Scientists have developed a new material that captures coronavirus particles and could transform the efficiency of face masks.
When used in a conventional face mask, the new material is about 93% more efficient at catching proteins, including coronavirus proteins, with little impact on breathability, research has found.
The University of Liverpool scientists behind the development are Professor Peter Myers, a research leader in chromatography, and Dr Simon Maher, a mass spectrometry expert.
They had been collaborating on high performance liquid chromatography processes where proteins ‘stick’ to the surface of the chromatographic support materials.
During the COVID-19 pandemic, Professor Myers realised that reversing this process could provide a way to absorb proteins.
Specifically, it could absorb the protruding S1 spike protein which covers the outer lipid membrane of the SARS-CoV-2 virus, the team explained in a paper published in the journal Nature Communications.
The researchers re-tuned the surface of the spherical silica particle they used for chromatography to make it sticky for the COVID-19 S1 spike protein.
At the same time, they increased the porosity of the silica particle to give it a very large surface area of 300m2 per gram – about the same area as a tennis court.
The Department of Chemistry and Electrical Engineering and Electronics team also increased the internal volume of the silica sphere to provide a large capacity to capture the virus.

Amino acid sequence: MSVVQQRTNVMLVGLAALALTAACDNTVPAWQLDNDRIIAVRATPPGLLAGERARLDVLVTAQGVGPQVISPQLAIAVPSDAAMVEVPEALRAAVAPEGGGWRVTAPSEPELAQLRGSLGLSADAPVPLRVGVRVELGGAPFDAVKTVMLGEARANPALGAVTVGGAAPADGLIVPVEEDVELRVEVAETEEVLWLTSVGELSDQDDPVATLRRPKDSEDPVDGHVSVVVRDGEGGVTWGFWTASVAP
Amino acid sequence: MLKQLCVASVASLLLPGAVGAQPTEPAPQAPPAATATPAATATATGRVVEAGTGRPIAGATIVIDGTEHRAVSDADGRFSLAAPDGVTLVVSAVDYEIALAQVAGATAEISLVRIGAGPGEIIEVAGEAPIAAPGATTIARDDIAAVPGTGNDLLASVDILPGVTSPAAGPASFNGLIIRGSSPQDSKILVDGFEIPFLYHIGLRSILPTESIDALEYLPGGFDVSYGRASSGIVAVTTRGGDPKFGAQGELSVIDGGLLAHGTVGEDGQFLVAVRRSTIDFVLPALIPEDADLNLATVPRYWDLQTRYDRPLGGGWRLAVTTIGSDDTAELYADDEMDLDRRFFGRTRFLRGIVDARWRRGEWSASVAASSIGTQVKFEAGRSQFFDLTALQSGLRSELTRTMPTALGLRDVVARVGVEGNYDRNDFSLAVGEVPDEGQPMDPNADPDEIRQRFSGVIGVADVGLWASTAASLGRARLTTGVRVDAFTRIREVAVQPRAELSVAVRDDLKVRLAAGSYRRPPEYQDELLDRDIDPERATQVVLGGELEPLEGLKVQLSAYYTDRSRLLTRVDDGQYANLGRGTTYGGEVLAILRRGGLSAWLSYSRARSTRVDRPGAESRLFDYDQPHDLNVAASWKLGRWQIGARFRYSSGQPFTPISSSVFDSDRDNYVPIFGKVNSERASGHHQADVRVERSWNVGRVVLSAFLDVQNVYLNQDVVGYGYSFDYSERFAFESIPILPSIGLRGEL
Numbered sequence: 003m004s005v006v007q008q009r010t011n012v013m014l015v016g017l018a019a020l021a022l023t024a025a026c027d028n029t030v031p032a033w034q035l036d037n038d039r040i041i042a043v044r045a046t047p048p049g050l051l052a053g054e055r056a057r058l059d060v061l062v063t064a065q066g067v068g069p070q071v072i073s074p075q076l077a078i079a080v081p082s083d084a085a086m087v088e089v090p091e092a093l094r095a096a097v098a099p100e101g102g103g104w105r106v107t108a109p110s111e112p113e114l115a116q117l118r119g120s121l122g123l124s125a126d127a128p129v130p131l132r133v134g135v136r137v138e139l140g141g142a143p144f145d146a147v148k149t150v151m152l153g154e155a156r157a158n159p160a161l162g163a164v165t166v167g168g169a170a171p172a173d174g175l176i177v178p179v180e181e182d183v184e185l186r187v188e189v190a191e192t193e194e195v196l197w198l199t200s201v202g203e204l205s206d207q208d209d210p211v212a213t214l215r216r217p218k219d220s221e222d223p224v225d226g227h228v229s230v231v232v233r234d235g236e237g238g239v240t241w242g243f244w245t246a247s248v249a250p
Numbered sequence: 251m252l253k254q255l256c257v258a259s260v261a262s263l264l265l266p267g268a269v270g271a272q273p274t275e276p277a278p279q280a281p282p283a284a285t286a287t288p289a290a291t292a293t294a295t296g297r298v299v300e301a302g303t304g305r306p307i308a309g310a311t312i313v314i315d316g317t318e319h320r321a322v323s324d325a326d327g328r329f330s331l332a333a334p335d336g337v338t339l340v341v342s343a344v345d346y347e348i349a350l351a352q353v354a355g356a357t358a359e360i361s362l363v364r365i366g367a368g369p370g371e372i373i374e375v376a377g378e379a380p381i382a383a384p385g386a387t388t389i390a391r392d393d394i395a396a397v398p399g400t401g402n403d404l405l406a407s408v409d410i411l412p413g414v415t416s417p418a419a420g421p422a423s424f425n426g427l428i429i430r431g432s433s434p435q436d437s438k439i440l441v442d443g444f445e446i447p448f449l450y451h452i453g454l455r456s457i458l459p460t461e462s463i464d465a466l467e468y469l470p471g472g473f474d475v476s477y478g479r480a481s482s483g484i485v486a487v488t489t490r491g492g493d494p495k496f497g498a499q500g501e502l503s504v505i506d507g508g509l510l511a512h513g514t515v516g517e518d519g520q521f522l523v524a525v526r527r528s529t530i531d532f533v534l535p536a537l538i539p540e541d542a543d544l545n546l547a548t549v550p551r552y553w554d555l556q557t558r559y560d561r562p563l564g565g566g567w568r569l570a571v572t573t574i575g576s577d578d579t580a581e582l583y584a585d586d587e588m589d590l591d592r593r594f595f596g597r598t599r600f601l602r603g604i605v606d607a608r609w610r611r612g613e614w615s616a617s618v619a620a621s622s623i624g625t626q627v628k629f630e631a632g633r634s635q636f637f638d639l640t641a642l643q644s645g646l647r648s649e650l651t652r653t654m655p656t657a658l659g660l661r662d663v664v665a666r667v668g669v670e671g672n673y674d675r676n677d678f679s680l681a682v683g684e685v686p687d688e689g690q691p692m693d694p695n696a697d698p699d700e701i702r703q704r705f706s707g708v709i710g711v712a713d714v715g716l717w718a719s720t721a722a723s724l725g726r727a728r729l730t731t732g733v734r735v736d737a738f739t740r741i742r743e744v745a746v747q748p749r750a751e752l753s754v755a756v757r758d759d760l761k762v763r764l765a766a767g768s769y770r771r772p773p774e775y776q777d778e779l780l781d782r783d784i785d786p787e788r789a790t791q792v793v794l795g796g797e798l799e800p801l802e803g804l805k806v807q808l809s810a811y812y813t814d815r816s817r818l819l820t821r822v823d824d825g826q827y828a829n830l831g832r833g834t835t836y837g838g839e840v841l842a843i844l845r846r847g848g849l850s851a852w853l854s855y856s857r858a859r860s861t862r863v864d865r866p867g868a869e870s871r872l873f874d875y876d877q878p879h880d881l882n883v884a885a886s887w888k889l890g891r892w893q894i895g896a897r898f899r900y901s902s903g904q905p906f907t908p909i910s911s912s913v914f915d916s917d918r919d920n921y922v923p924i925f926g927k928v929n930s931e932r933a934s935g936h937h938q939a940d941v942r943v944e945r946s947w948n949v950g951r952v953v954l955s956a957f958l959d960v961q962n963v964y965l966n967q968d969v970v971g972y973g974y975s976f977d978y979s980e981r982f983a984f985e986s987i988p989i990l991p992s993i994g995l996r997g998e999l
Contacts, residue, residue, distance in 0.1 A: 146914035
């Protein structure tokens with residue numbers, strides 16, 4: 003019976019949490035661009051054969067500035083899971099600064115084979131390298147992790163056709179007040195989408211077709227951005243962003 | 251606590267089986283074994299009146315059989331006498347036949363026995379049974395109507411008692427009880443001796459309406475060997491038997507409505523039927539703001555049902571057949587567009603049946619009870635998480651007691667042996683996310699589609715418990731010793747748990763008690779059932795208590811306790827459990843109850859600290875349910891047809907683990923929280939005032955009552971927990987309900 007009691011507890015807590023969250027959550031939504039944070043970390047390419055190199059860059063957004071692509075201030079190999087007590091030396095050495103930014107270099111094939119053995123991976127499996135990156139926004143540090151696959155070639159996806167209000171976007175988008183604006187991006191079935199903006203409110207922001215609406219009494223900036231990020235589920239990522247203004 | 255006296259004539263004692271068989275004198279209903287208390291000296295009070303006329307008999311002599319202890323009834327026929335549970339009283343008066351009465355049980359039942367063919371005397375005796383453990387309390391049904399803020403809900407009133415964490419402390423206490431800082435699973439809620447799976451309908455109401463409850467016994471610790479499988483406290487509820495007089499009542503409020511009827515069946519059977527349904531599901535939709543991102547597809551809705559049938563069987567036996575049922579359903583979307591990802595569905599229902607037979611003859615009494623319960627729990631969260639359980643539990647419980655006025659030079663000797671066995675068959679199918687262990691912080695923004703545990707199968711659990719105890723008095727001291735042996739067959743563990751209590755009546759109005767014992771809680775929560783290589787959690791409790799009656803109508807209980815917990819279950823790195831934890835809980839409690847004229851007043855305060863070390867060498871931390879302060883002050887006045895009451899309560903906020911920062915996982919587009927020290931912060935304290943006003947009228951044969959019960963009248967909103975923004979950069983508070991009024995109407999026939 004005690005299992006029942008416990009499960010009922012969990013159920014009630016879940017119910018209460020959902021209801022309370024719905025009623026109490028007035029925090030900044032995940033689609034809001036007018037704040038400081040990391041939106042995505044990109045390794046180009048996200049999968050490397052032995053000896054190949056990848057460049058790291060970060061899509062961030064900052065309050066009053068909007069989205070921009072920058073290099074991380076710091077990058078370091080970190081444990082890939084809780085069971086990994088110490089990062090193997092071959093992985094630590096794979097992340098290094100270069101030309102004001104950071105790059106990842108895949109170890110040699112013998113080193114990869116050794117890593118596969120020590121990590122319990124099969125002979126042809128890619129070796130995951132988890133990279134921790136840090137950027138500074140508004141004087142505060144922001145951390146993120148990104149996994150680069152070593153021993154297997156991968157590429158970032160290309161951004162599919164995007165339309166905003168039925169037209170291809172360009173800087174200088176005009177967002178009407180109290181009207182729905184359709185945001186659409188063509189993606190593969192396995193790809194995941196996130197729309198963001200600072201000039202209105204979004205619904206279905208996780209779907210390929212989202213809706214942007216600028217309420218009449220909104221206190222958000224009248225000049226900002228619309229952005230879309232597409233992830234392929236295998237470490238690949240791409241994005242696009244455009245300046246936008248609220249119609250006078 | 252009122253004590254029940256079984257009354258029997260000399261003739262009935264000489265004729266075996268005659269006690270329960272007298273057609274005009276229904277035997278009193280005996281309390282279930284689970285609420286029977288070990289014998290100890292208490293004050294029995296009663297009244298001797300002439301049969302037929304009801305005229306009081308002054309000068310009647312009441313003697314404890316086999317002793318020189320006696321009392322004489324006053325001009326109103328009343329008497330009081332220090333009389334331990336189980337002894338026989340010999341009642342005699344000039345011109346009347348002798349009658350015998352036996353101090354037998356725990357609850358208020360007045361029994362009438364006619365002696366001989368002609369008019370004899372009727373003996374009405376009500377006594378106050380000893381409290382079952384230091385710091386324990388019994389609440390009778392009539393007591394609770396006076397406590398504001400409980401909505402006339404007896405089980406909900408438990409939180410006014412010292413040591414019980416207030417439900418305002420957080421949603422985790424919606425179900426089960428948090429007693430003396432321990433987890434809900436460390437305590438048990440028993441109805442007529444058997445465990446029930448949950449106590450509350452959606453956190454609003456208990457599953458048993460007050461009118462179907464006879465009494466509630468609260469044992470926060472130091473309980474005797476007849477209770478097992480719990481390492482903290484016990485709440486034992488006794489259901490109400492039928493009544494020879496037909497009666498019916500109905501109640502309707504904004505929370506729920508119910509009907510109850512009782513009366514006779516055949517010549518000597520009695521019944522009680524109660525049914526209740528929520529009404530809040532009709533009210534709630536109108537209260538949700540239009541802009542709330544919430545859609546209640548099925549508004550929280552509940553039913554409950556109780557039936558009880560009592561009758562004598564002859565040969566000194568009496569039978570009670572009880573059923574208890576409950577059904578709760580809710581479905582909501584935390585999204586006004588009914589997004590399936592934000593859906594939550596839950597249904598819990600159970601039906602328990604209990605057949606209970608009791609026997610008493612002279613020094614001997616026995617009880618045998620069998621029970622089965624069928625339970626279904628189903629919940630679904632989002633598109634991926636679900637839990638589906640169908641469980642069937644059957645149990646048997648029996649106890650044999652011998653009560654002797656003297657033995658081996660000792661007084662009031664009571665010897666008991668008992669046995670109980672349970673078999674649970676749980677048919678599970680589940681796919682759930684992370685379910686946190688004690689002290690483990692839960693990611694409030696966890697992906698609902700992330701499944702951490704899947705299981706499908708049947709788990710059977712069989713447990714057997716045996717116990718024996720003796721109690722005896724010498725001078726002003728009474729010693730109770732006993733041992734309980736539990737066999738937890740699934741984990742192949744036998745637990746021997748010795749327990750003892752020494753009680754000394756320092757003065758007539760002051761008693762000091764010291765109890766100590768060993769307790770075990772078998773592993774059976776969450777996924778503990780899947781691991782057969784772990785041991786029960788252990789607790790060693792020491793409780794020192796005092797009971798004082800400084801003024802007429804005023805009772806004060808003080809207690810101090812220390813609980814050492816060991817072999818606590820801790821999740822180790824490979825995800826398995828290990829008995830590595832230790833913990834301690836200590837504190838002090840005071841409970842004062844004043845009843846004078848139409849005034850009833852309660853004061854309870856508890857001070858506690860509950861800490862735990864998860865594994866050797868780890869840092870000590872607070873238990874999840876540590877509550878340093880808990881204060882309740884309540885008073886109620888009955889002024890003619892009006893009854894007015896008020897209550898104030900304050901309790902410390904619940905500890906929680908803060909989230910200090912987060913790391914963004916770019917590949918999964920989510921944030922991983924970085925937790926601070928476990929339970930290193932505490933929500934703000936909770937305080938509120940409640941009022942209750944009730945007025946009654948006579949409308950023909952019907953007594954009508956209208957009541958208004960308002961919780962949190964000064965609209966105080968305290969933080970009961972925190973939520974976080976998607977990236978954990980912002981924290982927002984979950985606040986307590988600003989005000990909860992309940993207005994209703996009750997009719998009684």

The new material is at proof of concept stage and the team has shown it works in face masks in addition to air filters such as those used in aeroplanes, cars and air conditioning.
The group, which includes the Liverpool School of Tropical Medicine, also developed a method to attach the sticky particles onto the surface of a conventional face mask.
Professor Myers said: “This proof of concept research has only scratched the surface and whilst COVID-19 is no longer a global threat to our health, this material has the potential to be used in a wide range of applications.
“Our research team is looking at developing more advanced ‘sticky’ surfaces for a variety of bioaerosols including the new Covid variant BA.2.86 as well as influenzas and other deadly viruses such as Nipah.”